Intraoral radiographs are used most commonly for the purpose of diagnosis. Extra oral radiography including panoramic tomography, CBCT’s, or oblique lateral views should be used instead of intraoral radiograph as it reduces the chances of contact with the patient’s saliva.19 In cases where intraoral radiographs are necessary pre-radiographic disinfectant mouthwashes such as peroxides are advised as well as the plastic disposable covers should be used to avoid infection through cross-contamination. The attention must be drawn towards the ventilation of the radiographic room.20

One of the most common mode of indirect transmission is touching the infected surfaces therefore regular hand sanitization must be followed and hygiene must be maintained. Not only the patients, dentists as well as the staffs of clinics should follow the recommended measures and guidelines. It is recommended that the hands should be washed after removing the gloves as well due to the permeability of latex gloves.21, 22 The system of washing hands before and after wearing latex gloves was recommended even before the SARS outbreak. It is also recommended that HCW’s do not wear any jewelry or watches to the dental practice if possible, and to remove them before seeing any patients.

A key role in the prevention and protection against Covid-19 is the correct utilization of PPE kits. Wearing masks, shields, goggles, disposable caps, gloves, and protective clothing should be made compulsory for all dental health professionals in the operatory for the purpose of infection control. All the chair side personnel including the clinic staff not dealing with the patients directly should use N95 masks. The donning and doffing of PPE kits should be well-understood by the patients. The donning sequence of PPE includes washing hands, wearing gown, face mask, scrub hat, face shield, and surgical gloves. The doffing sequence is as follows: first remove surgical gloves in the formats recommended, face shield, scrub hat, and face mask, and finally the body gown and then subsequent surgical hand washing. Few studies have reported that surgical masks are equally efficient as N95 masks.23, 24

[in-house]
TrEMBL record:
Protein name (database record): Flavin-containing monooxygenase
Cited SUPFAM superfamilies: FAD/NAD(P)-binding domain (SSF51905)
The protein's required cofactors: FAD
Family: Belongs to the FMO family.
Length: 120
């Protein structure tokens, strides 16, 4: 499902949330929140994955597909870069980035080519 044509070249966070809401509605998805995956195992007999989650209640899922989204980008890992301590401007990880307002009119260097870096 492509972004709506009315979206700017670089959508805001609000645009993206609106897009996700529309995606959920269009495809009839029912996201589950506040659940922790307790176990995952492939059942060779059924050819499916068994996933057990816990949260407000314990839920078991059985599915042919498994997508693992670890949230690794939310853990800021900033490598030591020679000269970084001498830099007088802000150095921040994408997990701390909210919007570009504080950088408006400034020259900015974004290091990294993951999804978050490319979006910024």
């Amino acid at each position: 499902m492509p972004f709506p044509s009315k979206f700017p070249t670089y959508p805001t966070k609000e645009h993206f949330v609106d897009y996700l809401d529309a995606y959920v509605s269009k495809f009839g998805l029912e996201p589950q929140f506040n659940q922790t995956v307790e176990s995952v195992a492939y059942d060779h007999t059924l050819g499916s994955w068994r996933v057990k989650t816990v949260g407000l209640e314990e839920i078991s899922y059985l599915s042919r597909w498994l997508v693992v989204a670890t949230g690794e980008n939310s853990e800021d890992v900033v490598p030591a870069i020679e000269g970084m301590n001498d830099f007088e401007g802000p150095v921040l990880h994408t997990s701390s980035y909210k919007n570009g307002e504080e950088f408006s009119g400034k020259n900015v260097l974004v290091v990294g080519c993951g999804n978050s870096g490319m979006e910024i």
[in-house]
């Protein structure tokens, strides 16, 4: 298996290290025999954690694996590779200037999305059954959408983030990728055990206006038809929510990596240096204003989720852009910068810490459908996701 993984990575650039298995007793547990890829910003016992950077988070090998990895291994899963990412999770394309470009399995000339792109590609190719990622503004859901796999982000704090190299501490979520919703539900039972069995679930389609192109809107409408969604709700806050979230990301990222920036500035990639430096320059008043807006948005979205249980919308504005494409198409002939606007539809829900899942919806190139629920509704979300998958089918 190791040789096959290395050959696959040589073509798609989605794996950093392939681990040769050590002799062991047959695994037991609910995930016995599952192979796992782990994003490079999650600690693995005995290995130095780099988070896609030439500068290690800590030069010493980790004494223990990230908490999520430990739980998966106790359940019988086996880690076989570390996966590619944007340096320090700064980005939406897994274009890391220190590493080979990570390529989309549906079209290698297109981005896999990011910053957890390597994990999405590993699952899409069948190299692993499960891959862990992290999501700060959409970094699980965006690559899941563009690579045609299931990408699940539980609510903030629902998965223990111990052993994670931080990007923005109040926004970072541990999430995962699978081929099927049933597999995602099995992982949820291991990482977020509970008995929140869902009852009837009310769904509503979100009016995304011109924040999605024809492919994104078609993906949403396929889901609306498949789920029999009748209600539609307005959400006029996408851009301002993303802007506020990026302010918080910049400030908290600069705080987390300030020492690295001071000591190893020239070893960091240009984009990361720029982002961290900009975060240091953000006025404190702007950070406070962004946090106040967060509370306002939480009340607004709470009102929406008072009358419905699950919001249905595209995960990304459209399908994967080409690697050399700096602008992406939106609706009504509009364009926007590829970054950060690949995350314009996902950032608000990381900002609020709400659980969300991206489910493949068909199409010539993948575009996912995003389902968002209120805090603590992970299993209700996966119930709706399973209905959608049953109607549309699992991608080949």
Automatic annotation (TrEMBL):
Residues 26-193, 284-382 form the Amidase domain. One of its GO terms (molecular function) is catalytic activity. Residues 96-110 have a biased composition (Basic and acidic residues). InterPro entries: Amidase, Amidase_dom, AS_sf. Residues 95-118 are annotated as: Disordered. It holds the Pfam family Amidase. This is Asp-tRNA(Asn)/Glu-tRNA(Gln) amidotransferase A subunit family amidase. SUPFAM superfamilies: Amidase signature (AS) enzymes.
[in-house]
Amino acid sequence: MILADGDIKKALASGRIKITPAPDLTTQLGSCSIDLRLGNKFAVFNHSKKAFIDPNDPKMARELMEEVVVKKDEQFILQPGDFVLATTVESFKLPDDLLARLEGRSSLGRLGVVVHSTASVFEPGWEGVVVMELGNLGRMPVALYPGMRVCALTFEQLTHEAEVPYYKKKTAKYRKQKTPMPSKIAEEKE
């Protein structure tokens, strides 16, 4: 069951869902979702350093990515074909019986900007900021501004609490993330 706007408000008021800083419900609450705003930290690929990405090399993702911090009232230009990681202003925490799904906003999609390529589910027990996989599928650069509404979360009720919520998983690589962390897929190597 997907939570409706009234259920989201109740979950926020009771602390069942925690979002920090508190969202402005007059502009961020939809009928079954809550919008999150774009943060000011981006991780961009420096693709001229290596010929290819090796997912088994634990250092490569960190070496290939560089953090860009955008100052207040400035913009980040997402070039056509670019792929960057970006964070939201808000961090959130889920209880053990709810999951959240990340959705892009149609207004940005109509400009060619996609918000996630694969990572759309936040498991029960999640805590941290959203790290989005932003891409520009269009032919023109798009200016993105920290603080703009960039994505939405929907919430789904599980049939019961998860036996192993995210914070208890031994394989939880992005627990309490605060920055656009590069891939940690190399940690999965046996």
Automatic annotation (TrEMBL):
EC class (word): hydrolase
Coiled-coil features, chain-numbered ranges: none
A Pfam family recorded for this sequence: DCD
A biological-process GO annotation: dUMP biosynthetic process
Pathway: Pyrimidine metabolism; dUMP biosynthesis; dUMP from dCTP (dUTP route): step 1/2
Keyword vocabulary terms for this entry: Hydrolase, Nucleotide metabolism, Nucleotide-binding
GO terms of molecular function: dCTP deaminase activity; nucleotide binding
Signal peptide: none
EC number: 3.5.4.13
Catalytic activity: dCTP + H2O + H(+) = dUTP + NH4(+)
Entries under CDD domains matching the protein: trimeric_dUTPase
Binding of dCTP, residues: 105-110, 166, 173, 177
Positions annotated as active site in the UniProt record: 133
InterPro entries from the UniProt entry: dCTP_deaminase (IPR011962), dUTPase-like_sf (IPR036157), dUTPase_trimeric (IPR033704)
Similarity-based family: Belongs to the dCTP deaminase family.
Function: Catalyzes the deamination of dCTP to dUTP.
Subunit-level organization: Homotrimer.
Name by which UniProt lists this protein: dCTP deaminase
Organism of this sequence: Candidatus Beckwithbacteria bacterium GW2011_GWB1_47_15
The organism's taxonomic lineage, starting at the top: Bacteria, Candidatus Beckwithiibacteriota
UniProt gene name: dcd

If possible, it is recommended to increase the number of treatments per session in order to minimize the number of patient appointments. For disinfection another method that can be used is fogging or aerosol disinfection. Hydrogen peroxide and hypochlorous acid can be used as vapor disinfectant. The recommended method for hydrogen peroxide is 20% (w/v) working solution of hydrogen peroxide (stabilized by 0.01% of silver nitrate) prepared. The amount of solution required is approximately 1000 mL per 1000 cubic feet.

Conclusion

Covid-19 has affected numerous aspects of our life including the dental practice as well. Dentists should stick to the new protocols and follow the newly proposed guidelines in order to prevent the infection. It is recommended that all dental practitioners and dental axillaries keep themselves updated as new scientific data evolves regarding COVID-19. Four-handed dentistry should be encouraged. Pandemics rarely occur, and practical experience gained will be a lifelong lesson for the volunteer. In fact, the fighting spirit of a volunteer working in risky operations instills a high moral esteem and self-confidence. The dangers of this crisis are devastating and clear. The change in the usual dental practice is the need of an hour. Non-emergency dental cases should be postponed or delayed to reduce the aerosol production during dental procedures.

Source of Funding

None.

Conflict of Interest

The authors declare no conflict of interest.

References

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Article History

Received : 06-12-2021

Accepted : 15-12-2021

Available online : 28-12-2021


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https://doi.org/10.18231/j.ijohd.2021.050